House tax writers are planning on phasing out the proposed corporate rate of 20 percent after a decade, according to a Republican lawmaker familiar with the negotiations.
Cutting the corporate tax rate to 20 percent from 35 percent is a key provision of the tax legislation that Republican congressional leaders plan to unveil on Thursday. But there have been conflicting reports about when the rate cut would take effect — or how long it would last.
Making the rate-cut temporary would limit its ability to spur economic growth — a key selling point cited by President Donald Trump and others.
Congressional tax writers are struggling to find enough revenue to help the tax package adhere to the 2018 budget Congress adopted last month. That budget would allow the legislation to add no more than $1.5 trillion to the federal deficit — before accounting for any economic growth that might result.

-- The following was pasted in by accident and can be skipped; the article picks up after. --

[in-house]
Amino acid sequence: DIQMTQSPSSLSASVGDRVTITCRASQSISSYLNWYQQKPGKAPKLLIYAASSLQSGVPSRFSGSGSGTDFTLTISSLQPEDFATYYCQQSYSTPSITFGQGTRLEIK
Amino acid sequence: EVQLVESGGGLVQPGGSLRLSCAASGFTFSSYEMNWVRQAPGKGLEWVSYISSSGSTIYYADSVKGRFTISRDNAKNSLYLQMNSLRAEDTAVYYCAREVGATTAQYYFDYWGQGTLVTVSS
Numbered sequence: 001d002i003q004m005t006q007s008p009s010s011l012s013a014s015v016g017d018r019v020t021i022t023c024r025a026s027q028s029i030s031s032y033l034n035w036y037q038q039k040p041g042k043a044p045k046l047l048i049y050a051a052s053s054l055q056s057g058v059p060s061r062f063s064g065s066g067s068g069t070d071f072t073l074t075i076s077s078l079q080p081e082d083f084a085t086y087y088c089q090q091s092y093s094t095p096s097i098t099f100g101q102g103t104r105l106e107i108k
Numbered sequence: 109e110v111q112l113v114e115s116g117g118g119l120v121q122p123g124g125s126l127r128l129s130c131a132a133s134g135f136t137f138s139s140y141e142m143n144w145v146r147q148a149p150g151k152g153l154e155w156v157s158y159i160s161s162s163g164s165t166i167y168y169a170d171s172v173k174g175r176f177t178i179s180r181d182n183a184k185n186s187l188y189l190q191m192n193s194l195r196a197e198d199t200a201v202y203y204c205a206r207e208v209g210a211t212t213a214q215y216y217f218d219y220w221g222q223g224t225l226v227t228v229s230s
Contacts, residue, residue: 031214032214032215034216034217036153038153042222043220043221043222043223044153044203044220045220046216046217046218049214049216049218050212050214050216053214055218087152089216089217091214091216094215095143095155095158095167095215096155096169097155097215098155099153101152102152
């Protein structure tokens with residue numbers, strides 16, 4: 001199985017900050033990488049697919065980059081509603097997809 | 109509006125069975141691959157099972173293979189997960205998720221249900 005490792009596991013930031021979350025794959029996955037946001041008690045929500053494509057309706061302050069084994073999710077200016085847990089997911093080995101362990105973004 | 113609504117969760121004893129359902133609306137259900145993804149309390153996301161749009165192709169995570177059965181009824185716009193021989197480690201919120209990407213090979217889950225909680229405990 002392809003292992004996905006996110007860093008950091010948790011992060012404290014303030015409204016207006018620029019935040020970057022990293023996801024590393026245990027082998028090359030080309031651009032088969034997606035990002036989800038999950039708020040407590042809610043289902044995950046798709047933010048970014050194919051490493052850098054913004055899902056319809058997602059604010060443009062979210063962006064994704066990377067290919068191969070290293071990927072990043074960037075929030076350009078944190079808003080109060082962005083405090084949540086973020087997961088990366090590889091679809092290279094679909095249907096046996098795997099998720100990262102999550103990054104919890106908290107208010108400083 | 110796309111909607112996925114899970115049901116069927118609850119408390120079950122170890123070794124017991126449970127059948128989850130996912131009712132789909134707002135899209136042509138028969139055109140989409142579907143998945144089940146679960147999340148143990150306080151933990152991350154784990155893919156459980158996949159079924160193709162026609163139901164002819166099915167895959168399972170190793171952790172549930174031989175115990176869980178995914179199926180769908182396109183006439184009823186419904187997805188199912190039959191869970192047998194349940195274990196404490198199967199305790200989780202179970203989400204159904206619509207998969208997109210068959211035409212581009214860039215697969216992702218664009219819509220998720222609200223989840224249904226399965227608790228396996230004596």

The notion of phasing in the corporate rate cut has emerged in the context of that discussion — as have other potential ways to adjust costs or boost revenue. The corporate cut was estimated to cost $1.6 trillion over a decade, according to estimates from the Tax Foundation, a Washington policy group.
House Ways and Means Chairman Kevin Brady has said that he wants to maximize growth in the early years, however.
The congressional Joint Committee on Taxation said in an April letter to House Speaker Paul Ryan that a corporate tax rate of 20 percent would create deficits in the long run even if it remained in effect for just three years.
Corporate Tax Cut to Be Phased Out After a Decade – Bloomberg